Ngo also takes Harvey to training once every two weeks, buys groceries for him, takes him to veterinary appointments, and gets him groomed.
“It’s a lot to handle,” Ngo said. “I’ve been really lucky to have a strong support system of friends who can watch him when I need to do something important, but other than that I’m on my own.”
Ngo expressed that she wishes the school would be more lenient with their policy on animals.
“I would hope that ESAs [emotional service animals] that can pass the Good Canine Citizen Test can come to classes with their handlers,” Ngo said. “That would be such a tremendous help for me and my stress, dealing with running back and forth.”
The Good Canine Citizen Test is a ten-step program administered by the American Kennel Club in which dogs must complete a series of tasks such as accepting a friendly stranger and coming when called.
Junior Mitch Williams shares the responsibility of a dog with his roommates who live off campus. Mica, a Terrier mix, was rescued when she was just a puppy and was recently registered as an emotional support dog.
“I bring Mica to campus a few times a month,” Williams said. “Balancing school and being a dog owner is pretty easy since Mica is a really great study buddy — she just sleeps on me while I do my homework.”
So far, Williams hasn’t run into any issues with bringing Mica onto campus.
“I mainly bring her to outside seating areas like La Paloma or near Olin Hall,” Williams said. “I’ve never been told that I can’t bring her on campus, but she is an emotional support dog so that would help if I was questioned.”
Senior Rachel Robinson rescued her 14-month-old golden retriever Ollie from the Southern California Golden Retriever Rescue.
Robinson shared that while having a dog in college can be rewarding, it takes some adjustment.
“My parents weren’t thrilled about it at first,” Robinson said. “Ollie is still a puppy and a naturally very high-energy dog. We spend a lot of time walking and training to keep his mind busy, so when I do have to leave for class he is tuckered out and will just nap until I come home.”
Although taking care of Ollie works for Robinson because of her previous experience with animals at home, she didn’t encourage most college students to have a dog.
“When the rest of a student’s normal life is already so busy, the dog has to be the priority,” Robinson said. “Ollie and I usually just walk around campus on a leash because he is super excitable and loves to run up to anyone and everyone.”
As far as USD’s pet policy, Robinson does not see a need for it to change at this point in time.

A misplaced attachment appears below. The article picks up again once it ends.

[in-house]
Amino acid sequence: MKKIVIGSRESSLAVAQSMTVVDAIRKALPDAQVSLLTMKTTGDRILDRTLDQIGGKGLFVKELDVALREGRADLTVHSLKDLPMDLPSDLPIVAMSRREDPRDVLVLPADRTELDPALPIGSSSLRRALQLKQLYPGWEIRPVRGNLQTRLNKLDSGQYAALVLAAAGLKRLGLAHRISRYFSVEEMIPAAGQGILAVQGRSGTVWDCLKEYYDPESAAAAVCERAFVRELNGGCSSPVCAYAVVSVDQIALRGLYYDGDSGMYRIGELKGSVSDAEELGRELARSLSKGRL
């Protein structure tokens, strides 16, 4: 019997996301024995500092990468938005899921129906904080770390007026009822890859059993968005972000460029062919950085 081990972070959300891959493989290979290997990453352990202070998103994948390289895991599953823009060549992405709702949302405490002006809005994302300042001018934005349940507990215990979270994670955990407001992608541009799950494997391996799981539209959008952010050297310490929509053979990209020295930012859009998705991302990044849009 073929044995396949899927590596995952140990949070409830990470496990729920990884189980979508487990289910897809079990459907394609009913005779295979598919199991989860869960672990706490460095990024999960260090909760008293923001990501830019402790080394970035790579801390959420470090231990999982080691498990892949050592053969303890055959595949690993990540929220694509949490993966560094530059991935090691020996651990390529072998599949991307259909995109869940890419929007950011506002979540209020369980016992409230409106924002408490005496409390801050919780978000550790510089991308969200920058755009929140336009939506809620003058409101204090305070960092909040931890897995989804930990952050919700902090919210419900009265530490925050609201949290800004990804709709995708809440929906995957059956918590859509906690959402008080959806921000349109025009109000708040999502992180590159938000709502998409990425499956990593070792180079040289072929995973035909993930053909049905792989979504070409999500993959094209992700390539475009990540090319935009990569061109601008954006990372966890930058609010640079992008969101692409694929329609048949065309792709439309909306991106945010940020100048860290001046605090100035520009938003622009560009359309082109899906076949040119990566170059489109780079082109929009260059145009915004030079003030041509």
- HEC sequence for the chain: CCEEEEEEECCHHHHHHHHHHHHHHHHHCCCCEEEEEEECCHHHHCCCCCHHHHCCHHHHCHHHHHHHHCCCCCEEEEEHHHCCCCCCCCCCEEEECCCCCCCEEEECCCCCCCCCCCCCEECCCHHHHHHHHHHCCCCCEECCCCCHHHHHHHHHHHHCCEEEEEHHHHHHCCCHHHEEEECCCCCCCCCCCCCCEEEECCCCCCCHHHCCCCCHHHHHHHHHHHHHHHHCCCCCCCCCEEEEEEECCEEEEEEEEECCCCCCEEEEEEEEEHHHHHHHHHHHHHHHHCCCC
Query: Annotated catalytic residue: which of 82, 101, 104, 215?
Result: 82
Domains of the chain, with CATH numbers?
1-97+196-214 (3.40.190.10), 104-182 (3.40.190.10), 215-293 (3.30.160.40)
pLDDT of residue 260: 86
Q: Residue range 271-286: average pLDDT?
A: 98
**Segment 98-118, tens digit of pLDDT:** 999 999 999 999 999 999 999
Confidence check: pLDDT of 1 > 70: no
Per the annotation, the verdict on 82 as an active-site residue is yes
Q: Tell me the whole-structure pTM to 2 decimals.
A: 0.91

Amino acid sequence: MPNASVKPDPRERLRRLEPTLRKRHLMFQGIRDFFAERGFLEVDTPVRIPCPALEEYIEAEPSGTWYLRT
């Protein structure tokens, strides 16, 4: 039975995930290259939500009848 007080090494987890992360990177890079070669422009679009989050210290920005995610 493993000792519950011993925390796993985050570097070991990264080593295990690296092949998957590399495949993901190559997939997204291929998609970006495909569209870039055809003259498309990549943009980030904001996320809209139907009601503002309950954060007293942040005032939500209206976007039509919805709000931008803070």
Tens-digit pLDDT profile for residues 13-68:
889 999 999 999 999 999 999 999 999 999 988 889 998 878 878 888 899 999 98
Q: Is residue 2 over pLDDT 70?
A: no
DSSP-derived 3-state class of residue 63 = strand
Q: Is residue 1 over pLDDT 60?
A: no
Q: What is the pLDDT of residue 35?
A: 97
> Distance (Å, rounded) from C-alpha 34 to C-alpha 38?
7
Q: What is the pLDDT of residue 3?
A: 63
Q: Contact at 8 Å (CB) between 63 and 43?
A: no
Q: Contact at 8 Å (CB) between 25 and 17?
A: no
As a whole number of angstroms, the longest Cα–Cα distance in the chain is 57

“I know there are students who don’t like dogs or are allergic, so I think it’s important to respect those people since Ollie isn’t doing me any service,” Robinson said. “I don’t try to take him into buildings or anything because he is not a service dog. He’s too rowdy — and weighs 75 pounds — to bring inconspicuously into class.”
Senior Matt Stockton’s dog Knox is a half-German shepherd, quarter-pitbull, and quarter-corgi mix. Stockton brings Knox to class with him three days a week, and shared that it takes him longer to get out of the house on those days.
“I can’t be rushing out of the house because I need to feed him and make sure I’ve packed his food and other items for the day,” Stockton said. “Because I try to spend as much time with Knox as possible, I often have to sacrifice my free time to take him on hikes and keep him busy. I am no longer accountable for just myself, but for another life as well.”
Stockton stated that he tries to keep Knox outside of buildings as much as possible when he’s on campus.
“I usually only go inside with him when I have class,” Stockton said. “He is very calm when I’m in class, so there haven’t really been any issues yet. I’m also assuming that he’s not allowed inside the Immaculata, but I usually keep him home on Sunday mornings.”
Being able to take care of Knox has been a positive experience for Stockton, who wasn’t allowed to have a dog in the house growing up.
“I can honestly say that having Knox has really changed the dynamic of my life and I couldn’t be more excited to experience him grow up,” Stockton said.
USD students with dogs seemed to agree that while caring for their dogs is a lot of work, the rewards are worth it. Although USD’s policy on dogs isn’t lenient, students still enjoy the company of canines.